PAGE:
I had some fun trying to make an impish growl in the bathroom mirror. I confess, though, that I was unable to do it.

And another:

Without a word, he headed for the bathroom to dispose of the condom and retrieve a towel for them both. It wasn’t exactly a romantic gesture, but he figured it would be more appreciated than a rose or something.

Adding “or something”, “damns”, and whatever else does not turn such thoughts into believable ones. I have read and enjoyed some m/m romances in which one partner is very open, nurturing, and in touch with his emotions (I’m thinking of some K. A Mitchell, some JF Smith, etc.), so I don’t think my problem is that Lucas (and Cooper at times) has feminine qualities, but rather, that his characterization is so implausible.

I’m no great literary critic, to put it mildly. I read for character and story, and if those are compelling, I can forgive most anything. It takes a lot for the writing to make me put down a novella halfway through, but in this case, I just had to do it.

Review: Bad Case of Loving You, by Laney Cairo

Bad Case of Loving You is an erotic m/m romance by Laney Cairo. You can purchase it from Torquere Press or read a sample here. I read it on the recommendation of several romance readers whose opinions I trust, and I’m glad I did, but I have some reservations about the actions of one of the heroes. Here’s the blurb:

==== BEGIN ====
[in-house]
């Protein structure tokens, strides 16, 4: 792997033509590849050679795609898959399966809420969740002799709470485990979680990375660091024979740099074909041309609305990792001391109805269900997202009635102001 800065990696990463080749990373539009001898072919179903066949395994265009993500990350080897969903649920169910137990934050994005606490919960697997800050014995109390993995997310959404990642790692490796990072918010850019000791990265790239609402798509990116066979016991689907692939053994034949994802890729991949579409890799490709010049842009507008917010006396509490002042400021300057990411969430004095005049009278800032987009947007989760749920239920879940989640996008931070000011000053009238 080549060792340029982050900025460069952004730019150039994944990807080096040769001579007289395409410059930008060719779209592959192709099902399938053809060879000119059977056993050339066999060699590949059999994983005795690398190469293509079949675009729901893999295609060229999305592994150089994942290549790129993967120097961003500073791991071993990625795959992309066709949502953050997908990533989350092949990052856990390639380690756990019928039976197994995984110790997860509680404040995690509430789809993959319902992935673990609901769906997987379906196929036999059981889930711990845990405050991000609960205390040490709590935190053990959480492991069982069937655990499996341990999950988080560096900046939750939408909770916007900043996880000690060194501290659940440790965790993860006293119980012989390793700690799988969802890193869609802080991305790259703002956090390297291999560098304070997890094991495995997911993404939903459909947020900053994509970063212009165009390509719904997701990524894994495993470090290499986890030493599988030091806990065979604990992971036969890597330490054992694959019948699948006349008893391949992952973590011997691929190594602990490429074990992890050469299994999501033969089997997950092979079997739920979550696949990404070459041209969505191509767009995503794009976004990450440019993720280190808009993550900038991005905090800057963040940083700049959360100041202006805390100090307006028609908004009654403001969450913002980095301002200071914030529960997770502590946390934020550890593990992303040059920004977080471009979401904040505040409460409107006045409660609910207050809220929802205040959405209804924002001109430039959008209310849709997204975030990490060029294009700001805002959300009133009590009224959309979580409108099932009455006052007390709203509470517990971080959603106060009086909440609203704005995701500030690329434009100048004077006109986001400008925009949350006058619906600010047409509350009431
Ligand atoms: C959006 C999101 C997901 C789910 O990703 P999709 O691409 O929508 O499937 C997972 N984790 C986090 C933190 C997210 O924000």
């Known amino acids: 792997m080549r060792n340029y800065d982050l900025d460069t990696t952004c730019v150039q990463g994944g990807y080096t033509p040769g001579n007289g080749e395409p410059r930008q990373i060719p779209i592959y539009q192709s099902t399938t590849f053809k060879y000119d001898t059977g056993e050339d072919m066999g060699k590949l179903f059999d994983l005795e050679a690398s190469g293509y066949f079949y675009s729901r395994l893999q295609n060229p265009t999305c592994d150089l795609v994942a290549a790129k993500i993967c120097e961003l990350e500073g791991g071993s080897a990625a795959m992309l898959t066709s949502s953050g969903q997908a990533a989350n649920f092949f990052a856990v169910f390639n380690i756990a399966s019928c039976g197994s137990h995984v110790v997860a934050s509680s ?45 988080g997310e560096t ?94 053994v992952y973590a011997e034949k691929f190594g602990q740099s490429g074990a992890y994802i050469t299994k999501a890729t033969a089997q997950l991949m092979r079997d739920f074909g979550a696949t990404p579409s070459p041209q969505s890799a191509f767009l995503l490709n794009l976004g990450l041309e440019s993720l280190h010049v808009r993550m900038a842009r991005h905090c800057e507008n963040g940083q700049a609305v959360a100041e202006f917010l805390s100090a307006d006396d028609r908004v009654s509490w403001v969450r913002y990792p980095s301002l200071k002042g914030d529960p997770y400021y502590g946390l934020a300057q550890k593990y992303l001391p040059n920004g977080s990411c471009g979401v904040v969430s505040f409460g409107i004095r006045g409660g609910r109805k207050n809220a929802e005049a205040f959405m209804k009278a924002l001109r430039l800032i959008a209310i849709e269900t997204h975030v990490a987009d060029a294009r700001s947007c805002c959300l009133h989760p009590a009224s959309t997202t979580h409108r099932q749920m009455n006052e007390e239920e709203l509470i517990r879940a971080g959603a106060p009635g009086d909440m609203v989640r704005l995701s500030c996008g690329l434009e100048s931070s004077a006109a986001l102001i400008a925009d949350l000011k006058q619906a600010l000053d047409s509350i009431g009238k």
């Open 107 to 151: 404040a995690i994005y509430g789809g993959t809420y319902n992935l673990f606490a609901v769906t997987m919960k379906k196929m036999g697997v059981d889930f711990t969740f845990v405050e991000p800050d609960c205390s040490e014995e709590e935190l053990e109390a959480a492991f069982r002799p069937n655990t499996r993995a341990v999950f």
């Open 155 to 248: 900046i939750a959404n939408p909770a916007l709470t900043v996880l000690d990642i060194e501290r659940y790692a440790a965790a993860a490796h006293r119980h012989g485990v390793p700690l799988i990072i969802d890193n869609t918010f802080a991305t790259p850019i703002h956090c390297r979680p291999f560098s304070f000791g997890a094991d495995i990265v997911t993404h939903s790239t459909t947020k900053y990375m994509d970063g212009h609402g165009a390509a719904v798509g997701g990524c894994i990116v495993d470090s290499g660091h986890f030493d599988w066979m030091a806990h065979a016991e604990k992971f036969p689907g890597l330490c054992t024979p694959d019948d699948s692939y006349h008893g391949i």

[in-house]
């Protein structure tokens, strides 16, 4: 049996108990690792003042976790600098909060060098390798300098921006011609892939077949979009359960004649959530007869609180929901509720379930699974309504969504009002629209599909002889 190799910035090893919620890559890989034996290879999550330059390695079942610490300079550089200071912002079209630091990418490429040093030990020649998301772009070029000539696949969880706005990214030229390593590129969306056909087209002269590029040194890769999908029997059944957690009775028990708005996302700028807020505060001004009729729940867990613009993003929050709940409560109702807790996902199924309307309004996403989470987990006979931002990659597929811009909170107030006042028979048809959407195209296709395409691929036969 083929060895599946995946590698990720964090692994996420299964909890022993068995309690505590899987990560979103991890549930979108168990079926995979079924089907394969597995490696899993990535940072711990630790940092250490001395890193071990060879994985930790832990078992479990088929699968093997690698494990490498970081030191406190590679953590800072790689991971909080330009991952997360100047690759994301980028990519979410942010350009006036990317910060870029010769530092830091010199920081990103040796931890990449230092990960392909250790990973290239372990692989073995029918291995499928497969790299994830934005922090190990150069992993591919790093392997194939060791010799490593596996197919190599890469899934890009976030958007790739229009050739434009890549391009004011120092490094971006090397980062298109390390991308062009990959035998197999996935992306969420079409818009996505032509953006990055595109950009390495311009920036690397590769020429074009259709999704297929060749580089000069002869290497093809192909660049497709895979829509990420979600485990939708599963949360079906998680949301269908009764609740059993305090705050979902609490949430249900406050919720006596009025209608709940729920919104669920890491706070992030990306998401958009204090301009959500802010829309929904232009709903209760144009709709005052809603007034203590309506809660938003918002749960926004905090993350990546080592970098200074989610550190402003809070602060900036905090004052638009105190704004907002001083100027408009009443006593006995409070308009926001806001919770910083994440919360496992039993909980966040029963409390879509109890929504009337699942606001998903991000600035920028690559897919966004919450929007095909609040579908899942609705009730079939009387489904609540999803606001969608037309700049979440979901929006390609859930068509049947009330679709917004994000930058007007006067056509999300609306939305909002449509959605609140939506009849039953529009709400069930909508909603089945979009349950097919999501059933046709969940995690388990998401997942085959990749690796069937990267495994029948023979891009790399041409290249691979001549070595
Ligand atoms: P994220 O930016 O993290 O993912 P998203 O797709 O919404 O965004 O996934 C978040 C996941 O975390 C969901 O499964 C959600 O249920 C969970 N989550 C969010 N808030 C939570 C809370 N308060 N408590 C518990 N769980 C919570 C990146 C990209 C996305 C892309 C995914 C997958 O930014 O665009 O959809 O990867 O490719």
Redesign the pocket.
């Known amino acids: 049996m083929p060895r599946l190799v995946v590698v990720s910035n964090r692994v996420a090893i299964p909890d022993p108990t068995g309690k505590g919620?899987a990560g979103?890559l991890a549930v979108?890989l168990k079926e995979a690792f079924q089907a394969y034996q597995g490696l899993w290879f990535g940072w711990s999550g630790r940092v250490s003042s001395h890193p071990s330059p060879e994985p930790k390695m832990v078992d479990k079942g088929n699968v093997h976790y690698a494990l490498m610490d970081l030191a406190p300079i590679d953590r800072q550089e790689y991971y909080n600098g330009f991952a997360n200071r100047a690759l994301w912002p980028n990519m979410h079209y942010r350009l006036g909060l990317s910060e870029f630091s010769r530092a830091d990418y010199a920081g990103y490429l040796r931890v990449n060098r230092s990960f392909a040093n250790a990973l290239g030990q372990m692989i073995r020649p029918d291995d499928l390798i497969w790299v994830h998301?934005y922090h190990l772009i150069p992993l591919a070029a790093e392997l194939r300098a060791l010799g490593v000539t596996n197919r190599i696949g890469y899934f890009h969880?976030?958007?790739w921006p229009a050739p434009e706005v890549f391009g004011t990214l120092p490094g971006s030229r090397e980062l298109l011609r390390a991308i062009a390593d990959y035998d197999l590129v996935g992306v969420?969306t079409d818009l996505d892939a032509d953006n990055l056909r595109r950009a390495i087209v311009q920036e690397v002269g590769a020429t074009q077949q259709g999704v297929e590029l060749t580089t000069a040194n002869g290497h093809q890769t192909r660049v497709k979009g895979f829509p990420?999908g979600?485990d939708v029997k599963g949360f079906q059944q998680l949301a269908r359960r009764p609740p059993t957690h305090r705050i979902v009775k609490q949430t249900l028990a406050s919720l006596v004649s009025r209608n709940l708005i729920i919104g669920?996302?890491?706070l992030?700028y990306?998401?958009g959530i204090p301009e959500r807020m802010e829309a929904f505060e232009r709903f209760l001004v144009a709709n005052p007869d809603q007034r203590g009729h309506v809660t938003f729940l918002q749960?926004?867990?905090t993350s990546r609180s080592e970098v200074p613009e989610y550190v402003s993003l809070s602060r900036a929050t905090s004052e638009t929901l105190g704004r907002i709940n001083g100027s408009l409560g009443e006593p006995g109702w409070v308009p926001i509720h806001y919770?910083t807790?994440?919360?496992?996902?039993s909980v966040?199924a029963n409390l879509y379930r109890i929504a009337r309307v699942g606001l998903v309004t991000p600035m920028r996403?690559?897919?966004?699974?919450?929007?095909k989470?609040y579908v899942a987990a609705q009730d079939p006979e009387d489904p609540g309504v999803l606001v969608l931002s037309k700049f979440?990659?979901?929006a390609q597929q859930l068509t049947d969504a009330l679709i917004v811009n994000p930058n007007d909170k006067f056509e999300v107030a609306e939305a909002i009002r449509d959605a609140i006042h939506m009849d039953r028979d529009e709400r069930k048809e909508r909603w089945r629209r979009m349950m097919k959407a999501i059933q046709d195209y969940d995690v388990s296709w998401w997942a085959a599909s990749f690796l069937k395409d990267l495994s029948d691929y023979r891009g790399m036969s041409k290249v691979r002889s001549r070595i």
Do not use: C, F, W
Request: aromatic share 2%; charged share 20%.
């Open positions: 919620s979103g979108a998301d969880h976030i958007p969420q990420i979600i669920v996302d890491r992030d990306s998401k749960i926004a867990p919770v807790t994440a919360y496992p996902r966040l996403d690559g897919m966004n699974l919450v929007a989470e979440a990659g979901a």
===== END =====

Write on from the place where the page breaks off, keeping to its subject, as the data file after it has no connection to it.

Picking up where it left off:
Matthew is a medical student, trying to ignore his various roommates’ wild parties and get through his classes. Andrew is his instructor, a doctor at a prestigious British hospital. They’re not supposed to be attracted to each other, but they can’t deny their undeniable chemistry.

They come together with a heat that surprises them both, and through doctor’s strikes, dealing with Andrew’s teenaged son, and hospital red tape, Andrew and Matthew learn to live, and love together. Is their relationship just what the doctor ordered?